BACKGROUND: Care home residents are increasingly frail with complex health and social care needs. Their transfer to hospital at the end-of-life can be associated with unwanted interventions and distress. However, hospitals do enable provision of care that some residents wish to receive. We aimed to explore the factors that influence hospital admission of care home residents who then died in hospital.
METHODS: This study combined in-depth case note review of care home residents dying in two Scottish teaching hospitals during a 6-month period and semi-structured interviews with a purposive sample of 26 care home staff and two relatives.
RESULTS: During the 6-month period, 109 care home residents died in hospital. Most admissions occurred out-of-hours (69%) and most were due to a sudden event or acute change in clinical condition (72%). Length of stay in hospital before death was short, with 42% of deaths occurring within 3 days. Anticipatory Care Planning (ACP) regarding hospital admission was documented in 44%.Care home staff wanted to care for residents who were dying; however, uncertain trajectories of decline, acute events, challenges of ACP, relationship with family and lack of external support impeded this.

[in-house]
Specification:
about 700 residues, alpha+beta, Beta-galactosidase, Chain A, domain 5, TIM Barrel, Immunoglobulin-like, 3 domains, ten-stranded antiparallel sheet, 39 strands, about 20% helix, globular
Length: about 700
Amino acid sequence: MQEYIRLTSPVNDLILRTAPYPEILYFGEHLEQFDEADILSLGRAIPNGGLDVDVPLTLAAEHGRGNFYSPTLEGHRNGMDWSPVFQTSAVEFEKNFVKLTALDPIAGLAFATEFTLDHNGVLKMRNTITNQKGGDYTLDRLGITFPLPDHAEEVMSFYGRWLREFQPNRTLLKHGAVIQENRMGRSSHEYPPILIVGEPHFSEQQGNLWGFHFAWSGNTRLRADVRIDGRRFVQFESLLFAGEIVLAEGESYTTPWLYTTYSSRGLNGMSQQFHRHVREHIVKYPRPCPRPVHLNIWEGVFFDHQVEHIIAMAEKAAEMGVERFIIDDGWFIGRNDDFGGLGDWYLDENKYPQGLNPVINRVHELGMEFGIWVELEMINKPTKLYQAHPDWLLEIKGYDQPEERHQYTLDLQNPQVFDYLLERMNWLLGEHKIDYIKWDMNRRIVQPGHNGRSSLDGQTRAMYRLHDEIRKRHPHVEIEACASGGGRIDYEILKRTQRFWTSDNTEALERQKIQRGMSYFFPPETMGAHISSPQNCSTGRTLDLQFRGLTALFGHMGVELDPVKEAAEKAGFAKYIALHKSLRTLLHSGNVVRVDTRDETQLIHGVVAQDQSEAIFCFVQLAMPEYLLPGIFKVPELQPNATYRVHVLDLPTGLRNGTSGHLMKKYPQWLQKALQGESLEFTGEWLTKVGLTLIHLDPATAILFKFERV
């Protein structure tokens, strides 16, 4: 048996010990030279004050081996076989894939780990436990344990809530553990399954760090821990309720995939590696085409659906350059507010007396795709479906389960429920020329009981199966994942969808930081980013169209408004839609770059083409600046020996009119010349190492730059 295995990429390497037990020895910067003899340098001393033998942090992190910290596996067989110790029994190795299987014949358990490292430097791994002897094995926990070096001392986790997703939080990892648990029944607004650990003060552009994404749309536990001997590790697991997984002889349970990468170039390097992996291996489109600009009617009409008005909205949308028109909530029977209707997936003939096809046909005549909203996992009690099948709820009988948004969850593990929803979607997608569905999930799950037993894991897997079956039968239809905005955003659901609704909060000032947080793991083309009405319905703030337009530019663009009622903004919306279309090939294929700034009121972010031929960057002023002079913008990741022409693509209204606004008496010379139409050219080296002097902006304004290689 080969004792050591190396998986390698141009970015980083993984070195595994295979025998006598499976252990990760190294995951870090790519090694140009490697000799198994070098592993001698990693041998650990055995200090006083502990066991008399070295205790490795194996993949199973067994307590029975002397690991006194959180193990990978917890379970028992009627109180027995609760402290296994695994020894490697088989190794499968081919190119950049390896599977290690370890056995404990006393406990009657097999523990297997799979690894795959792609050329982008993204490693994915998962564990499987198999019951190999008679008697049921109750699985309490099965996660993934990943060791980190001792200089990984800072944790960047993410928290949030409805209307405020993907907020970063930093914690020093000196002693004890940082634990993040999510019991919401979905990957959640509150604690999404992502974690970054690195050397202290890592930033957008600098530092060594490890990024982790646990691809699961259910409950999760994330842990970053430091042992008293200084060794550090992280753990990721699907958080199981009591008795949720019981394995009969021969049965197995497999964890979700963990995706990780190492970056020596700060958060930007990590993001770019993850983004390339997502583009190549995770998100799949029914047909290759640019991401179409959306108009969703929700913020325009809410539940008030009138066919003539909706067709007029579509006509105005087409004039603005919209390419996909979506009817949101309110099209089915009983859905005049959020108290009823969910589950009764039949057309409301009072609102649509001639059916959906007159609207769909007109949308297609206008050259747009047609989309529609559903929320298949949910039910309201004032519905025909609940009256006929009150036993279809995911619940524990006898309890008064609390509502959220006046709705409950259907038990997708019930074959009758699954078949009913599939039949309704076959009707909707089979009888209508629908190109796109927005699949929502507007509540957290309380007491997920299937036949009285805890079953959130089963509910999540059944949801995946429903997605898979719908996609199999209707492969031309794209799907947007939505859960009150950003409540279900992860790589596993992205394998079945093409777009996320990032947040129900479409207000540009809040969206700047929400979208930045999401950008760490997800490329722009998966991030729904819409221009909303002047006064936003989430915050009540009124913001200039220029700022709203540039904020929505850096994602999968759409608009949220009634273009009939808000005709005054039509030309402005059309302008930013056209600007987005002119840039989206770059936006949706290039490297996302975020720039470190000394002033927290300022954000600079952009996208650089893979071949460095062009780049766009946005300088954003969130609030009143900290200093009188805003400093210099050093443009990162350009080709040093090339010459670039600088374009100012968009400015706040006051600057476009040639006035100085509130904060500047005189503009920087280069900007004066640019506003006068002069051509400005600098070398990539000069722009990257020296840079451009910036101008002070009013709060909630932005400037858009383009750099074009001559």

CONCLUSIONS: Managing acute changes on the background of uncertain trajectories is challenging in care homes. Enhanced support is required to improve and embed ACP in care homes and to provide rapid, 24 hours-a-day support to manage difficult symptoms and acute changes.